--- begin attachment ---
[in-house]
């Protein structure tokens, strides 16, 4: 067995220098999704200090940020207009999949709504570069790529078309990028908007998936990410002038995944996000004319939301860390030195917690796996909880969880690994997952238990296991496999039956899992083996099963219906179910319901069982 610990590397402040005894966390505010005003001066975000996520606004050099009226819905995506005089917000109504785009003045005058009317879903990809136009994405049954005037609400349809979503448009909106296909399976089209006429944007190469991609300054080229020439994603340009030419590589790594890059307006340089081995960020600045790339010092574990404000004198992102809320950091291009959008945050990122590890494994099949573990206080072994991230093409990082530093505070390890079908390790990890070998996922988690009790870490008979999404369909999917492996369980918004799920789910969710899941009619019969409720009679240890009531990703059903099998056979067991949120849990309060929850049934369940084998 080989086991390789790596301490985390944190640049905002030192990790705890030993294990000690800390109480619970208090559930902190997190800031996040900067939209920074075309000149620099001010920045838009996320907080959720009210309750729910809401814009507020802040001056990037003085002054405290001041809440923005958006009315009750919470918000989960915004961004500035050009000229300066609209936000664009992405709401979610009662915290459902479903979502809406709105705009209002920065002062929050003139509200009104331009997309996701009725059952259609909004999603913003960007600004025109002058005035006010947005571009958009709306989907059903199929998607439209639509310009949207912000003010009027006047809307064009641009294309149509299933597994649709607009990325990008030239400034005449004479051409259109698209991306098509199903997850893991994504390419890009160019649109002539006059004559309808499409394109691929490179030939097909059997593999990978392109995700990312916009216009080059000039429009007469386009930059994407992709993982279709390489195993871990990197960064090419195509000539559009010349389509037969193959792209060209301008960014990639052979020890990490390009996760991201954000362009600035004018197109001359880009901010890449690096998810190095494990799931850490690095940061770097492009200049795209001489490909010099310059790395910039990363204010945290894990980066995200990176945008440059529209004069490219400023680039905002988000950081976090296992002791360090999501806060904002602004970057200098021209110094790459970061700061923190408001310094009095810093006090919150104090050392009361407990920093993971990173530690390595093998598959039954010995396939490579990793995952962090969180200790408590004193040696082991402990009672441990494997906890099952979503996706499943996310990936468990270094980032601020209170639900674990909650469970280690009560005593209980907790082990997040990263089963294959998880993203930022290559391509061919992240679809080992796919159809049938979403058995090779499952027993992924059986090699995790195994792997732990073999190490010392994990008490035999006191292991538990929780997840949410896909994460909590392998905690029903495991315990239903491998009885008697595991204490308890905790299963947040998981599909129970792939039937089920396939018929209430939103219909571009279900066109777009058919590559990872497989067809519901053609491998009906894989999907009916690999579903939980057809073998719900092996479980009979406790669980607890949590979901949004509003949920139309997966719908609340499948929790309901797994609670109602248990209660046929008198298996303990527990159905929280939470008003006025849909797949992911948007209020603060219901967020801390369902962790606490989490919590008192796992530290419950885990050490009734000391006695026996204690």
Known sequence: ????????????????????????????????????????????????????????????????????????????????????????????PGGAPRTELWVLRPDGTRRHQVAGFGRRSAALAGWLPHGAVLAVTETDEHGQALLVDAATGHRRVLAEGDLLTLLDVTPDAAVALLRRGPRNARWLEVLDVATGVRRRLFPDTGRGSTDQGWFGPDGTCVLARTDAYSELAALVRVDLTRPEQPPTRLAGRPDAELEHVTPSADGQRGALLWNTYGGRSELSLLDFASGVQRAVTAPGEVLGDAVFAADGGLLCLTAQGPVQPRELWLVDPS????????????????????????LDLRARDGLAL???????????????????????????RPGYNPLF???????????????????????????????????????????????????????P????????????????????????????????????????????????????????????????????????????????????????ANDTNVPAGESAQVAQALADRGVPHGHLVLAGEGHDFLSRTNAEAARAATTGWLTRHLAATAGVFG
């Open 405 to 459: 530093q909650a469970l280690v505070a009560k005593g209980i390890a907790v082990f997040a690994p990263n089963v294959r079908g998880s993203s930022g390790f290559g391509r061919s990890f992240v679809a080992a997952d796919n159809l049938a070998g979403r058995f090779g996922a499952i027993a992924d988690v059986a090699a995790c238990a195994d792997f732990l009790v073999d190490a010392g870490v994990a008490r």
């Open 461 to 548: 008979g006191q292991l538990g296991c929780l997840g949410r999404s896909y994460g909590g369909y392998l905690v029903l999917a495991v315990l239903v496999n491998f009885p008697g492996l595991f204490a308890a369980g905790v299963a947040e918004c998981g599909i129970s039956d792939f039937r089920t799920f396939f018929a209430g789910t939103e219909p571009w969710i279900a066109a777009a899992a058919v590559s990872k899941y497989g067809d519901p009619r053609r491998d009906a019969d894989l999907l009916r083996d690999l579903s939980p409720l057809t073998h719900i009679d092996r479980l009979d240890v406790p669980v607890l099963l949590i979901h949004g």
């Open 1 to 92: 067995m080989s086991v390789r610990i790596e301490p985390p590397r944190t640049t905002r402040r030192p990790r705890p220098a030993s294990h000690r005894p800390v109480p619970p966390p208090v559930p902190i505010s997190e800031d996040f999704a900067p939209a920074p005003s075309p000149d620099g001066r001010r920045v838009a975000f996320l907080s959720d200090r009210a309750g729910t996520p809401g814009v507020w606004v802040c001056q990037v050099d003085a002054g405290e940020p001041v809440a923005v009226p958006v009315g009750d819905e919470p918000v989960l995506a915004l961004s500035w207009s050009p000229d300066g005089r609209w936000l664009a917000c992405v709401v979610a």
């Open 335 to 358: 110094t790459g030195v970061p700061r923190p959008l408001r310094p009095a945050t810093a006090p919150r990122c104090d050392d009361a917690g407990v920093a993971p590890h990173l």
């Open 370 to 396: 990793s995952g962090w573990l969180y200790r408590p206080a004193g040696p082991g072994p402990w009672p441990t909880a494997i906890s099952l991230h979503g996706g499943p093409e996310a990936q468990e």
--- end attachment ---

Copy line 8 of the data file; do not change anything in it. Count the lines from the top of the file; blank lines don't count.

């Open 370 to 396: 990793s995952g962090w573990l969180y200790r408590p206080a004193g040696p082991g072994p402990w009672p441990t909880a494997i906890s099952l991230h979503g996706g499943p093409e996310a990936q468990e």